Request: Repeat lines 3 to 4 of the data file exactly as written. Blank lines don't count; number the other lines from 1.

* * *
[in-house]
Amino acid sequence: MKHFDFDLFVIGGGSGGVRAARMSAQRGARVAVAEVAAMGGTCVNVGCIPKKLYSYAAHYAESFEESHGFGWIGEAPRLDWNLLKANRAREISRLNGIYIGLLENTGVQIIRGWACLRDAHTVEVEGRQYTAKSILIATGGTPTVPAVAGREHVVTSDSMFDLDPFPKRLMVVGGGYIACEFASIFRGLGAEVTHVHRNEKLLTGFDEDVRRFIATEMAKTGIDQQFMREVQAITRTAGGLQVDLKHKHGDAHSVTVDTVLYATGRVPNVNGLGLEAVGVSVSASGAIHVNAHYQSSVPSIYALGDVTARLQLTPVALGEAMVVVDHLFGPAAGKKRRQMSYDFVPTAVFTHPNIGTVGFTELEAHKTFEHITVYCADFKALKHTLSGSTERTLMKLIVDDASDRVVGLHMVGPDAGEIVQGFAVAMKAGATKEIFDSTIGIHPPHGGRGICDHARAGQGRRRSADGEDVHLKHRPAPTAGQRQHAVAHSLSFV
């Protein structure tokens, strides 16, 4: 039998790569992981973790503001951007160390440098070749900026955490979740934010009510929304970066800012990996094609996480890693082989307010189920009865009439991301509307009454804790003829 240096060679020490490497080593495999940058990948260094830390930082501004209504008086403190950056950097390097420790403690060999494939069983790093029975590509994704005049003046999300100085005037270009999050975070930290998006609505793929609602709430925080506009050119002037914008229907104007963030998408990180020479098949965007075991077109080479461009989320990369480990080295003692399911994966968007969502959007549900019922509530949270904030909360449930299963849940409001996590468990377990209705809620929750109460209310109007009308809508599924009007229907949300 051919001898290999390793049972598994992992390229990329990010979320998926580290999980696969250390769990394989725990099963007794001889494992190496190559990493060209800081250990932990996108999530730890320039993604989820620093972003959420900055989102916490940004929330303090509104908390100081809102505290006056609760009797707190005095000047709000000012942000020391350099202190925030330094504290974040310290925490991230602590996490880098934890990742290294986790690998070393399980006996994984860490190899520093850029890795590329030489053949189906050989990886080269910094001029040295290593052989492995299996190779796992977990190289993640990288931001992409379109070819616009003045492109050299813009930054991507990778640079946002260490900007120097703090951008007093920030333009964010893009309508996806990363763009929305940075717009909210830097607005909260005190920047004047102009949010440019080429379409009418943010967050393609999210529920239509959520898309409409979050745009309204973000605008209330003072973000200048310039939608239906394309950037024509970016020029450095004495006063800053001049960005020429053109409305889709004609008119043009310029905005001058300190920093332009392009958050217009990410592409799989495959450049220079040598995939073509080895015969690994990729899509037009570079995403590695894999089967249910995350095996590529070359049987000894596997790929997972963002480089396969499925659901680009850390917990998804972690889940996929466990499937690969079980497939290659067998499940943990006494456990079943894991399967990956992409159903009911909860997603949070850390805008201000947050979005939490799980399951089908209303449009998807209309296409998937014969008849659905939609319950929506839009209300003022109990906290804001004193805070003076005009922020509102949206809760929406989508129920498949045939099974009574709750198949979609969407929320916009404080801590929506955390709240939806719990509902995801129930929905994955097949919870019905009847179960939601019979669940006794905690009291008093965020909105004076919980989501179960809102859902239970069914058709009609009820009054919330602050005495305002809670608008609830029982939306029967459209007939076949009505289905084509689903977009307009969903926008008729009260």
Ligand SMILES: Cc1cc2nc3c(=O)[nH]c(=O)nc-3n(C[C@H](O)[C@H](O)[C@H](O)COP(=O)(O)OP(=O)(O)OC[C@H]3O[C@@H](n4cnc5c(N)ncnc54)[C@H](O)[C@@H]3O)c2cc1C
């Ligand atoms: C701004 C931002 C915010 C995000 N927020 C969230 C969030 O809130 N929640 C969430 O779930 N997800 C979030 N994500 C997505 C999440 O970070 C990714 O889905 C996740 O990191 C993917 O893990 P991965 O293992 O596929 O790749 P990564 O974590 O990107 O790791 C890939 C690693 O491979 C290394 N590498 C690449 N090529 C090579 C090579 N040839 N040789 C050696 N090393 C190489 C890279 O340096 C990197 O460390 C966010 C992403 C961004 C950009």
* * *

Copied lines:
């Protein structure tokens, strides 16, 4: 039998790569992981973790503001951007160390440098070749900026955490979740934010009510929304970066800012990996094609996480890693082989307010189920009865009439991301509307009454804790003829 240096060679020490490497080593495999940058990948260094830390930082501004209504008086403190950056950097390097420790403690060999494939069983790093029975590509994704005049003046999300100085005037270009999050975070930290998006609505793929609602709430925080506009050119002037914008229907104007963030998408990180020479098949965007075991077109080479461009989320990369480990080295003692399911994966968007969502959007549900019922509530949270904030909360449930299963849940409001996590468990377990209705809620929750109460209310109007009308809508599924009007229907949300 051919001898290999390793049972598994992992390229990329990010979320998926580290999980696969250390769990394989725990099963007794001889494992190496190559990493060209800081250990932990996108999530730890320039993604989820620093972003959420900055989102916490940004929330303090509104908390100081809102505290006056609760009797707190005095000047709000000012942000020391350099202190925030330094504290974040310290925490991230602590996490880098934890990742290294986790690998070393399980006996994984860490190899520093850029890795590329030489053949189906050989990886080269910094001029040295290593052989492995299996190779796992977990190289993640990288931001992409379109070819616009003045492109050299813009930054991507990778640079946002260490900007120097703090951008007093920030333009964010893009309508996806990363763009929305940075717009909210830097607005909260005190920047004047102009949010440019080429379409009418943010967050393609999210529920239509959520898309409409979050745009309204973000605008209330003072973000200048310039939608239906394309950037024509970016020029450095004495006063800053001049960005020429053109409305889709004609008119043009310029905005001058300190920093332009392009958050217009990410592409799989495959450049220079040598995939073509080895015969690994990729899509037009570079995403590695894999089967249910995350095996590529070359049987000894596997790929997972963002480089396969499925659901680009850390917990998804972690889940996929466990499937690969079980497939290659067998499940943990006494456990079943894991399967990956992409159903009911909860997603949070850390805008201000947050979005939490799980399951089908209303449009998807209309296409998937014969008849659905939609319950929506839009209300003022109990906290804001004193805070003076005009922020509102949206809760929406989508129920498949045939099974009574709750198949979609969407929320916009404080801590929506955390709240939806719990509902995801129930929905994955097949919870019905009847179960939601019979669940006794905690009291008093965020909105004076919980989501179960809102859902239970069914058709009609009820009054919330602050005495305002809670608008609830029982939306029967459209007939076949009505289905084509689903977009307009969903926008008729009260």
Ligand SMILES: Cc1cc2nc3c(=O)[nH]c(=O)nc-3n(C[C@H](O)[C@H](O)[C@H](O)COP(=O)(O)OP(=O)(O)OC[C@H]3O[C@@H](n4cnc5c(N)ncnc54)[C@H](O)[C@@H]3O)c2cc1C